Orange is a color that literally didn’t exist in the English language before the 16th century. When people wanted to describe an orange hue, they used word composites like yellow-red or red-gold, or sometimes saffron. Only after Portuguese merchants began to import orange trees to Europe did the shade receive a name. In France the fruit was called pomme d’orange, which was picked up, eventually, by the English, with the pomme dropped; after many decades of describing things that were “orange-colored” the qualifier too, was dropped, and orange officially became, well, orange.
Because of this, orange does not have many cultural connections in the Western world. In the Eastern world, however, it is the color of monks and mystics, as in the robe of the AI-generated fellow above. The original root of the word is from ancient India, the Dravidian narandam/naranja, the bitter orange fruit. The color was thought to embody both the peacefulness of yellow and the strength of red, making it the perfect color for enlightenment in Hinduism and Buddhism.
In recent decades orange has come to represent the color of Autumn and the harvest and, of course, Halloween, where it shares duties with black. It is the color of pumpkin spice, which Starbucks has used for its seasonal lattes and Frappuccinos since 2003; the flavor has been so successful every fall brings shipments of pumpkin flavored Oreos, breakfast cereal, donuts, and coffee creamer to grocery stores.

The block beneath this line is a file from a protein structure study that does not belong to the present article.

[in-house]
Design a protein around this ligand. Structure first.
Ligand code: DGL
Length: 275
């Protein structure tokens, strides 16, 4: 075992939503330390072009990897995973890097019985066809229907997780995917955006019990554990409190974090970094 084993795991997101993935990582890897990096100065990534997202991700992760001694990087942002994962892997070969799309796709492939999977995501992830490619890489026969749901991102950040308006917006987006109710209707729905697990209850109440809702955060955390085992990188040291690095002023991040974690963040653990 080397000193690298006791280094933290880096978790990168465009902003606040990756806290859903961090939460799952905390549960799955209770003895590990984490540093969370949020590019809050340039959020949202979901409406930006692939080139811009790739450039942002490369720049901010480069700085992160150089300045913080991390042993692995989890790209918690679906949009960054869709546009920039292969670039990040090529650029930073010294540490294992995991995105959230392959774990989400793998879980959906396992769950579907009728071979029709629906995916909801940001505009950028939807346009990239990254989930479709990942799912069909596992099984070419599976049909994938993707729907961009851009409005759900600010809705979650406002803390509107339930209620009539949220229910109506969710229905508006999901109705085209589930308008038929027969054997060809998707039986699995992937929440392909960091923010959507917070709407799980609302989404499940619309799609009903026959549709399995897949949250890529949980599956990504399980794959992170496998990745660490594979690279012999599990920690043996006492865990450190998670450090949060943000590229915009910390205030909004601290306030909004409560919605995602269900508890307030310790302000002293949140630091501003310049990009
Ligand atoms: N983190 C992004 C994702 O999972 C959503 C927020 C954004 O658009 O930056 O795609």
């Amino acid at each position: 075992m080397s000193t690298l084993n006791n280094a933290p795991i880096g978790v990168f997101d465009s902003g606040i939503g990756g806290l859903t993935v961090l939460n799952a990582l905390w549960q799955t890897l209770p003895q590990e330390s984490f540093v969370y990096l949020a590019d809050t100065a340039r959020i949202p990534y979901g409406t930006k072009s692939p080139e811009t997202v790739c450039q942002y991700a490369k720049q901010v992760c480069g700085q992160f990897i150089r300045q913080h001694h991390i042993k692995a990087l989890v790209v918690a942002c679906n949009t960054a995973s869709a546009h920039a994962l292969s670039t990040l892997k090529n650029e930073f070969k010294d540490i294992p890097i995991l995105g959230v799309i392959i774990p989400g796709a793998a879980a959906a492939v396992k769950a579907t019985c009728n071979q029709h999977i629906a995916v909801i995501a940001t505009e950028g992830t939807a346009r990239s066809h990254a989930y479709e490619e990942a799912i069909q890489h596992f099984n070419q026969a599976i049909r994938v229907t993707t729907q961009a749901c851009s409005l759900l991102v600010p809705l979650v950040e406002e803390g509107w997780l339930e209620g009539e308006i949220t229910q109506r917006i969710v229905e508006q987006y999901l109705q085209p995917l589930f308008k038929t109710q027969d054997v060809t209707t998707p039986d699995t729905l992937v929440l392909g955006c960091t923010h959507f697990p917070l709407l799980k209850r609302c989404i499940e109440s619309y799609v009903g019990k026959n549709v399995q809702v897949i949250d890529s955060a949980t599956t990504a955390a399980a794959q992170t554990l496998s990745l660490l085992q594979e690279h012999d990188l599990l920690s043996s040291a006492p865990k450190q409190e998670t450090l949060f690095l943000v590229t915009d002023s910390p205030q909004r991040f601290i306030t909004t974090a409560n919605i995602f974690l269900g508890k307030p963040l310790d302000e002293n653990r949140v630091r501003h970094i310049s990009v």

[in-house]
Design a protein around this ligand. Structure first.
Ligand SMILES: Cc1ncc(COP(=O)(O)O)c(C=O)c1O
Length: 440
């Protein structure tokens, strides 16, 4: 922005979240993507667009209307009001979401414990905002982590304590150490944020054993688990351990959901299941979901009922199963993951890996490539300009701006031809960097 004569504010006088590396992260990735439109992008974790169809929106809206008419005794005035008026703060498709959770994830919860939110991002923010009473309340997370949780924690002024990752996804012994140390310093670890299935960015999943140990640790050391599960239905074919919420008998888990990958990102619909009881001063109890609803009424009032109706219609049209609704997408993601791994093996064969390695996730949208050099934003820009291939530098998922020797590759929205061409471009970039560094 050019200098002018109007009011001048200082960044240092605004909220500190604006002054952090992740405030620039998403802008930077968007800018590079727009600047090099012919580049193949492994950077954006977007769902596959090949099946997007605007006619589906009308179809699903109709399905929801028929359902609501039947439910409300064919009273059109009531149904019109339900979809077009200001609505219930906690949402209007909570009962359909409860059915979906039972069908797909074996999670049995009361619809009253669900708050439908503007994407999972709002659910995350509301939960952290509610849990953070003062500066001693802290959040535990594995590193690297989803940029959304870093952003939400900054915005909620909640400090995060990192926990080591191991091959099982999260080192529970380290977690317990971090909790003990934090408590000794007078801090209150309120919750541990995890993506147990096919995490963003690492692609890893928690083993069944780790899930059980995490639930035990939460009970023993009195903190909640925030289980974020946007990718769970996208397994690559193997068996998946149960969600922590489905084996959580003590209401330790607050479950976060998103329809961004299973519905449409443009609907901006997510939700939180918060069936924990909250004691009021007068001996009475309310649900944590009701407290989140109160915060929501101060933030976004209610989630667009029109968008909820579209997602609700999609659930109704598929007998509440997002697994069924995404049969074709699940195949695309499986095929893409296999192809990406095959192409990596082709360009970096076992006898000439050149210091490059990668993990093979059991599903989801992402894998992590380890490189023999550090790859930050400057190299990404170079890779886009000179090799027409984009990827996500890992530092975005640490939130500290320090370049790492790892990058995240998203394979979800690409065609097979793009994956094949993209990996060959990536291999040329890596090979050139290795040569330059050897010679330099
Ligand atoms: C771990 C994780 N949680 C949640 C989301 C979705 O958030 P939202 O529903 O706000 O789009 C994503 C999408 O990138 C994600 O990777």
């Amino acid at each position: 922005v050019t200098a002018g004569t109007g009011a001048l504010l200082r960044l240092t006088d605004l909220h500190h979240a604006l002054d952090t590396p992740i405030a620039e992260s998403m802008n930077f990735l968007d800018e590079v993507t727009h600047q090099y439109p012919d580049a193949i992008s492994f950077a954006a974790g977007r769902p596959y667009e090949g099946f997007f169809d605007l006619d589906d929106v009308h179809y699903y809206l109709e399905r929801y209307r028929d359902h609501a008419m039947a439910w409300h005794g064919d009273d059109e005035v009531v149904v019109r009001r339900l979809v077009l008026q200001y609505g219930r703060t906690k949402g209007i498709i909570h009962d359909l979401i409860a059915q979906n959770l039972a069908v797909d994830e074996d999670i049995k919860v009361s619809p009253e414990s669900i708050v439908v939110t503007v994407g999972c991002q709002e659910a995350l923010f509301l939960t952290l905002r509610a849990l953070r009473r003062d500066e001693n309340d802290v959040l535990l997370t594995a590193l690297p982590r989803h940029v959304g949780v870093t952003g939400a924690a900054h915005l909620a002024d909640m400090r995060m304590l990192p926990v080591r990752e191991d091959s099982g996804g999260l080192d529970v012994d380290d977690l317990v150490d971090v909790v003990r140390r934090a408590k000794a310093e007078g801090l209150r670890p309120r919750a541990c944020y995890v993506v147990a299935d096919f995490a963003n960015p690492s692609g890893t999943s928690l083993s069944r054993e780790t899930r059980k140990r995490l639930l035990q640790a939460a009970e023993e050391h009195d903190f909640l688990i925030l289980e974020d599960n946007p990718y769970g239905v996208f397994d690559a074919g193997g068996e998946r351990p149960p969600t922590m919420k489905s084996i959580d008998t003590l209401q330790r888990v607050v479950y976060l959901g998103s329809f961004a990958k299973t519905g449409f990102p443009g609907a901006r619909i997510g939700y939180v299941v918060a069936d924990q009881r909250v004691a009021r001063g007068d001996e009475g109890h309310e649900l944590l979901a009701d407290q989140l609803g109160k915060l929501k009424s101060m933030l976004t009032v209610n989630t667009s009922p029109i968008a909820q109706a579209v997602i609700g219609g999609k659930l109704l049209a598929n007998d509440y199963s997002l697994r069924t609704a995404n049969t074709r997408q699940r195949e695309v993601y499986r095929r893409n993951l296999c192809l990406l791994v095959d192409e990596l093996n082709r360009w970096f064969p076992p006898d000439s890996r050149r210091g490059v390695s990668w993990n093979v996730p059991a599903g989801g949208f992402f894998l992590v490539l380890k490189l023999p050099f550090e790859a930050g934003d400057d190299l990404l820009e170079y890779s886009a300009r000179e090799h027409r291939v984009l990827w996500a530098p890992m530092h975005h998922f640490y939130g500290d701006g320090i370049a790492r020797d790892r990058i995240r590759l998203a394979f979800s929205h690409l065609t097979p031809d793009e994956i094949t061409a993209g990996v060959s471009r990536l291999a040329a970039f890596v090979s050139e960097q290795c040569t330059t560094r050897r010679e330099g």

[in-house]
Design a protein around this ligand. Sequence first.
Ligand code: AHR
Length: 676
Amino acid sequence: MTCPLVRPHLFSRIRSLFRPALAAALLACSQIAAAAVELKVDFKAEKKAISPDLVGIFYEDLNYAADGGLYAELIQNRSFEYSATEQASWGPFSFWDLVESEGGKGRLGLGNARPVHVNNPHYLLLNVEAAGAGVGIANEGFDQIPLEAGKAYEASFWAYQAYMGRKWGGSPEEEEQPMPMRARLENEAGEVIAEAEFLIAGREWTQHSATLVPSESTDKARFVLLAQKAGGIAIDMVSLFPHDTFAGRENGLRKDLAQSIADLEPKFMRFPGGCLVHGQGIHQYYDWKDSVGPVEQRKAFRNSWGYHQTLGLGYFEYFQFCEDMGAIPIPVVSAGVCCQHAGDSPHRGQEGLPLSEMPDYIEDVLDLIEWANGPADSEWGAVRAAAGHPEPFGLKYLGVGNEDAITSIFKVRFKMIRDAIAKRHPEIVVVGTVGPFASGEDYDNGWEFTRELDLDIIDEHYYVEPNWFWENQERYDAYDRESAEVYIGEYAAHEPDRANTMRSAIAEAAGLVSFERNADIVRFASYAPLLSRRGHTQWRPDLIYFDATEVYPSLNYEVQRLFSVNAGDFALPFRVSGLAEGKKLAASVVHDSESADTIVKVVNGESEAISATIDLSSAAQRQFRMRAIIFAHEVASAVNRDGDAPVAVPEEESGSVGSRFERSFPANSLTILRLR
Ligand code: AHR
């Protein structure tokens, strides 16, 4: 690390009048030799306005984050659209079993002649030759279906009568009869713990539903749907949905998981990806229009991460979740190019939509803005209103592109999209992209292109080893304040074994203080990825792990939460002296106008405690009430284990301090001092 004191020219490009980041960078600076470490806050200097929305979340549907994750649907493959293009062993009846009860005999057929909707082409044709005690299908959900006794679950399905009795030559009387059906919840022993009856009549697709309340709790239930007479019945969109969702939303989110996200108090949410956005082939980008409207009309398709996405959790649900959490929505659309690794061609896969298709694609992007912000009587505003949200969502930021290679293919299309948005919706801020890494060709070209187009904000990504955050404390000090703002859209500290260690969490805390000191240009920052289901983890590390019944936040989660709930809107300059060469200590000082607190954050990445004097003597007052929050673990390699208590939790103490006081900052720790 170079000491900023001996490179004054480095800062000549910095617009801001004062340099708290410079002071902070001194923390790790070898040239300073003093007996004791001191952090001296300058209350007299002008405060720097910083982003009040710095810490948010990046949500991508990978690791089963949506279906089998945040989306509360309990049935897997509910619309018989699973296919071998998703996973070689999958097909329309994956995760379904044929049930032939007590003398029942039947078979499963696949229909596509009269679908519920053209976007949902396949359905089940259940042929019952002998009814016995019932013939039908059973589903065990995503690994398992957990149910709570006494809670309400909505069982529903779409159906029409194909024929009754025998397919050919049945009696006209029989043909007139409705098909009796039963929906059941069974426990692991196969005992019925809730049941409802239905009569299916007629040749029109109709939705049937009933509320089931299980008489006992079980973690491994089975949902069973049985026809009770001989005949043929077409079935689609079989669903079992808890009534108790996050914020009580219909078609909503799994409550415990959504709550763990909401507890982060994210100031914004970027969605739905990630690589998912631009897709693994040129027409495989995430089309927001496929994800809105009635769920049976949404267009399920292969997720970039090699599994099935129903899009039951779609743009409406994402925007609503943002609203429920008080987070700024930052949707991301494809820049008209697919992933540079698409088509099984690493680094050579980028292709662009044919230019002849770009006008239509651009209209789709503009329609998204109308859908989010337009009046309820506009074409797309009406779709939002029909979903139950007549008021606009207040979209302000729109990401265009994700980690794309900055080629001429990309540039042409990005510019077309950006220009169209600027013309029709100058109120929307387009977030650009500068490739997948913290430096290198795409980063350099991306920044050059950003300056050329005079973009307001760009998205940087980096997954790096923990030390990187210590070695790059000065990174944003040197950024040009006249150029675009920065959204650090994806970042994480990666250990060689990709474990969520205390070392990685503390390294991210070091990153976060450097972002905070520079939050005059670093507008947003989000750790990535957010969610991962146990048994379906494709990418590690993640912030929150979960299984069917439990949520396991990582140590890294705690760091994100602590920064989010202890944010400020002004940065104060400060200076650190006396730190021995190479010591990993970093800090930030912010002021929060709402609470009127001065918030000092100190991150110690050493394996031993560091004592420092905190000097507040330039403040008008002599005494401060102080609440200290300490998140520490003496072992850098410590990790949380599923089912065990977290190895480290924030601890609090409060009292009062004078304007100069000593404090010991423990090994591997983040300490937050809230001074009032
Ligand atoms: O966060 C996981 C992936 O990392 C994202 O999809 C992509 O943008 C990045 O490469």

Orange can have weirder connotations. In Tanith Lee’s The Secret Books of Paradys series, the fourth volume is a lushly written horror tale set in an alternate world version of Paris. Orange denotes madness in three intertwining tales: an actress who has a nervous breakdown in the “present” (1990s); a young Victorian girl whose first sexual experience does not go well at all; and a pair of incestuous siblings in the far future who are menaced by a giant Emperor Penguin. Yes, you read that right, the penguin is revered across all three stories for the orange patch of color beneath its chin. The Book of Orange is perhaps my favorite of the four books for the strength and power of its imagery and, like all of Lee’s writing, an acquired taste. But if you want to see the power of color to convey themes and emotion, read it.
Here’s some descriptors for orange.
Shades of Orange
Whisper of Blaze
Fields of Orange
Kingdoms of Apricot
Touch o’ the Outback
New World Mango
Tincture of Rust